A diagnosis of ACL injury is based on a thorough physical examination of the knee. The exam may include several tests to see if the knee stays in the proper position when pressure is applied from different directions. Your orthopaedist may order an X-ray and MRI (magnetic resonance imaging) or, in some cases, arthroscopic inspection.
A partial tear of the ACL may or may not require surgical treatment. A complete tear is more serious. Complete tears, especially in younger athletes, may require reconstruction.
Treating ACL Tears
Both nonoperative and operative treatment choices are available.
- May be used because of a patient’s age or overall low activity level
- May be recommended if the overall stability of the knee seems good
- Involves a treatment program of muscle strengthening, often with the use of a brace to provide stability
- Operative treatment (either arthroscopic or open surgery): Uses a strip of tendon, usually taken from the patient’s knee (patellar tendon) or hamstring muscle, that is passed through the inside of the joint and secured to the thighbone and shinbone
- Is followed by an exercise and rehabilitation program to strengthen the muscles and restore full joint mobility
The posterior cruciate ligament, or PCL, is not injured as frequently as the ACL. PCL sprains usually occur because the ligament was pulled or stretched too far, a blow to the front of the knee, or a simple misstep.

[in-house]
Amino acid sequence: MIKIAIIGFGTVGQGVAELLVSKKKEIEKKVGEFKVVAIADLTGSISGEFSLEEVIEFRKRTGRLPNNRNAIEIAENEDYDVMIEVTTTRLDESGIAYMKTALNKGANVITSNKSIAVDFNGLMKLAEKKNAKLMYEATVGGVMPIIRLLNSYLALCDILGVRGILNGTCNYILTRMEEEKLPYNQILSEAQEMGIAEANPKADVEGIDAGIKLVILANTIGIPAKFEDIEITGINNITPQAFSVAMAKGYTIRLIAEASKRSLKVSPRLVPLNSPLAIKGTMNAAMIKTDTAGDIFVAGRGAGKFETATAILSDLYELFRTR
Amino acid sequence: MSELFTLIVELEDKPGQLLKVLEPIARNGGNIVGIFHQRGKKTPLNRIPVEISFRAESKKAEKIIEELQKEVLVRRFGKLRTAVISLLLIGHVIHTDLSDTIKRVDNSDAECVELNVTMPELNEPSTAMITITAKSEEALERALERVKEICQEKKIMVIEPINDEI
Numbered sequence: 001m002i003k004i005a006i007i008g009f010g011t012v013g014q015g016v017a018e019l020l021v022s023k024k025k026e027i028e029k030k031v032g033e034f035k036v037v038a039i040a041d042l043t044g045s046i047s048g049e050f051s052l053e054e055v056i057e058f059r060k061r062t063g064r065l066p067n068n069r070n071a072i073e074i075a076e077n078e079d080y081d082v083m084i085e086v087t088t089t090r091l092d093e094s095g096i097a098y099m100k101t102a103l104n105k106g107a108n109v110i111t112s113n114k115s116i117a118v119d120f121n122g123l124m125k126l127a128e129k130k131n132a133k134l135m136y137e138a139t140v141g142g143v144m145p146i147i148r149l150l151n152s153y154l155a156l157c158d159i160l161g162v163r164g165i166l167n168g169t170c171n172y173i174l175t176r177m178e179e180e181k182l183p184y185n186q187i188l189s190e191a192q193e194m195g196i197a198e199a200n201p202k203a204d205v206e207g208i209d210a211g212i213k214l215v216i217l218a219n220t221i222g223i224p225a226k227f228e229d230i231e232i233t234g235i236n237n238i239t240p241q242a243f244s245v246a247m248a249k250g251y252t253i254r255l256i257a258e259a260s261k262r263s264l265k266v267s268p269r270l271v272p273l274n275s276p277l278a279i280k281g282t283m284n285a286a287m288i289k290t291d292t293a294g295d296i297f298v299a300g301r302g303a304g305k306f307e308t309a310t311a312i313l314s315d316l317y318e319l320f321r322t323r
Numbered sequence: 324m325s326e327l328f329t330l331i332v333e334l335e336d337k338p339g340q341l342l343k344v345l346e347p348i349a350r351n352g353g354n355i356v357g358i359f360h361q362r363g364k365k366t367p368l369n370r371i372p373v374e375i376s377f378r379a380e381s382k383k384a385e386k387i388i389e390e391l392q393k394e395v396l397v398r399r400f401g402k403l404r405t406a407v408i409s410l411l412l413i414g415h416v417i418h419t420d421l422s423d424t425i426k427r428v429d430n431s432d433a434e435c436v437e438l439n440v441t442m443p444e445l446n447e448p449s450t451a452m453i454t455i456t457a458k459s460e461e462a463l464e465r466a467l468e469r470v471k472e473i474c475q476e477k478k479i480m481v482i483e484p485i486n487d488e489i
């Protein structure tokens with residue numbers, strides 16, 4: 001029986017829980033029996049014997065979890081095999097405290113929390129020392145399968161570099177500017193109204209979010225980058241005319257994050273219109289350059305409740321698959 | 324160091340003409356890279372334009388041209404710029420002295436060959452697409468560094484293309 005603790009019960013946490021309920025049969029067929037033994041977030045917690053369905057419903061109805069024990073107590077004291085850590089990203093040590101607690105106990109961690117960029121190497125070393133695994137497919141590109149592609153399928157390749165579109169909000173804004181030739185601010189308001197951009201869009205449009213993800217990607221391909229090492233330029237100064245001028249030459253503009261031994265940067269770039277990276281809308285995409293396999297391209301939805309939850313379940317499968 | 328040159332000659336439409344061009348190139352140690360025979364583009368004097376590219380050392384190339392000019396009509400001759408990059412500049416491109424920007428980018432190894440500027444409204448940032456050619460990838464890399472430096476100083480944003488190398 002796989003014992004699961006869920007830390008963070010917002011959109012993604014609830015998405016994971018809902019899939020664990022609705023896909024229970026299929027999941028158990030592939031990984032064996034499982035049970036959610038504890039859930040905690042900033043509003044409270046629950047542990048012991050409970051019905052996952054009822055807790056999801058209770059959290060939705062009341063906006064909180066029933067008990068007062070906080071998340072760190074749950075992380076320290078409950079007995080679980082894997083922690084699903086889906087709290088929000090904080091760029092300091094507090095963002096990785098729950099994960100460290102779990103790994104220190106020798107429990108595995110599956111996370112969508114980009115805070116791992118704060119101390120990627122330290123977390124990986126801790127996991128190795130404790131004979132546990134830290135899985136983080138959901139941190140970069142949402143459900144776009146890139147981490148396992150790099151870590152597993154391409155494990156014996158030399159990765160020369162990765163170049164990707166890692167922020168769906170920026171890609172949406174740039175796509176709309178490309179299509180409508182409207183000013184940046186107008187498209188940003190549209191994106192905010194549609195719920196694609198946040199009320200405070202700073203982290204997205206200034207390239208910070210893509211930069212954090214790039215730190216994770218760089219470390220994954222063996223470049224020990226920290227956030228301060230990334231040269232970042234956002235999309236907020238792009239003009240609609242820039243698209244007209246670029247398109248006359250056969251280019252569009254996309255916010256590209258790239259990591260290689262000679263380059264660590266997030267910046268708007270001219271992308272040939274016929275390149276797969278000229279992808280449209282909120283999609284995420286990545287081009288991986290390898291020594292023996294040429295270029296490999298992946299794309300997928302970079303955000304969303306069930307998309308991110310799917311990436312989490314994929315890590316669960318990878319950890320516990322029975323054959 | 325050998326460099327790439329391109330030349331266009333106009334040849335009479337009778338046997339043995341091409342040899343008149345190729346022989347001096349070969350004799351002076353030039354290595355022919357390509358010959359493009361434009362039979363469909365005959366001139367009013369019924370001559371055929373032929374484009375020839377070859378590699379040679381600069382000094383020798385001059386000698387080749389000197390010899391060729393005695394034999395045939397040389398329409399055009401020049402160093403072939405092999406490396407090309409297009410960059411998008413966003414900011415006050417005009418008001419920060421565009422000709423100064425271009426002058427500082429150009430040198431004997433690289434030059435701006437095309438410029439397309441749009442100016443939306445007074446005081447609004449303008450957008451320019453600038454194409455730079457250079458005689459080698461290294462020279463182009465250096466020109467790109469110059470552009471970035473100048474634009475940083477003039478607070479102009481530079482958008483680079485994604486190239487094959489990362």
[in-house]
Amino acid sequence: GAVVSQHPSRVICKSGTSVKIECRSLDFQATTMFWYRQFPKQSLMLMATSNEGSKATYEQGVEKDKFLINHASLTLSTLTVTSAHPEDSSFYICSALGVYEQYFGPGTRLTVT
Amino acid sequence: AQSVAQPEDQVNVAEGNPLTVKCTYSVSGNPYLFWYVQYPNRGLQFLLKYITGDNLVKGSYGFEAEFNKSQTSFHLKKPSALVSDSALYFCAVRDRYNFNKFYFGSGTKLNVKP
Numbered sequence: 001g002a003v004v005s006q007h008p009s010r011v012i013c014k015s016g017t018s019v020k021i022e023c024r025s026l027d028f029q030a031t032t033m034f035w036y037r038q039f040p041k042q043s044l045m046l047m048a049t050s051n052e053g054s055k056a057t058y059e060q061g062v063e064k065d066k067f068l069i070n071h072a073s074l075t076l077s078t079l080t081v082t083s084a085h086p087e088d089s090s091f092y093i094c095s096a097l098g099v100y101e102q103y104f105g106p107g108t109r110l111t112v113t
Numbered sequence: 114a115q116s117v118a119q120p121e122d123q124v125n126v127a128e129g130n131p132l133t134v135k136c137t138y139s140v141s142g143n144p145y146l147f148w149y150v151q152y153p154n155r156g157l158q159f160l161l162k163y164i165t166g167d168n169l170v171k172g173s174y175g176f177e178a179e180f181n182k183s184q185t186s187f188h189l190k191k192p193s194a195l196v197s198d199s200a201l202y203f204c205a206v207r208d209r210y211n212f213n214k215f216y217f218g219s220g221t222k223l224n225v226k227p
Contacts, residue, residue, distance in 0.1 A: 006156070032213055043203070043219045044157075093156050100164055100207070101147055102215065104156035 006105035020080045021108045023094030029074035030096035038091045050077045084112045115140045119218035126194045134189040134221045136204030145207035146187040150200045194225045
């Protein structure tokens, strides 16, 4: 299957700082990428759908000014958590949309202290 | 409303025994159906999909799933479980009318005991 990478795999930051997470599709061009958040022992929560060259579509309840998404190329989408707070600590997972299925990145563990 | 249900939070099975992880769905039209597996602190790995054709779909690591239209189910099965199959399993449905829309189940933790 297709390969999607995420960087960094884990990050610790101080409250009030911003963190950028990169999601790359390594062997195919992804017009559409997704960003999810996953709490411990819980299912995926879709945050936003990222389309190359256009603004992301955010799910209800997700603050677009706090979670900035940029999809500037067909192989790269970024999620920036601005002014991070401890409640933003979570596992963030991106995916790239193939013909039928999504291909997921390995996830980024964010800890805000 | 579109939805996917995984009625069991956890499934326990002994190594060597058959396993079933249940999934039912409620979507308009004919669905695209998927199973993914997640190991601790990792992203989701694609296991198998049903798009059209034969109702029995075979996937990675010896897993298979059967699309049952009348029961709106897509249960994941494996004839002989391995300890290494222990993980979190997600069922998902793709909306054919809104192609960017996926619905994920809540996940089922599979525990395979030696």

PCL injuries disrupt knee joint stability because the shinbone can sag backwards. The ends of the thighbone and shinbone rub directly against each other, causing wear and tear to the thin, smooth articular cartilage. This abrasion may lead to arthritis in the knee.
Treating PCL Injuries
Patients with PCL tears often do not have symptoms of instability in their knees, so surgery is not always needed. Many athletes return to activity without significant impairment after completing a prescribed rehabilitation program.
However, if the PCL injury pulls a piece of bone out of the top of the shinbone, surgery is needed to reattach the ligament. Knee function after this surgery is often quite good.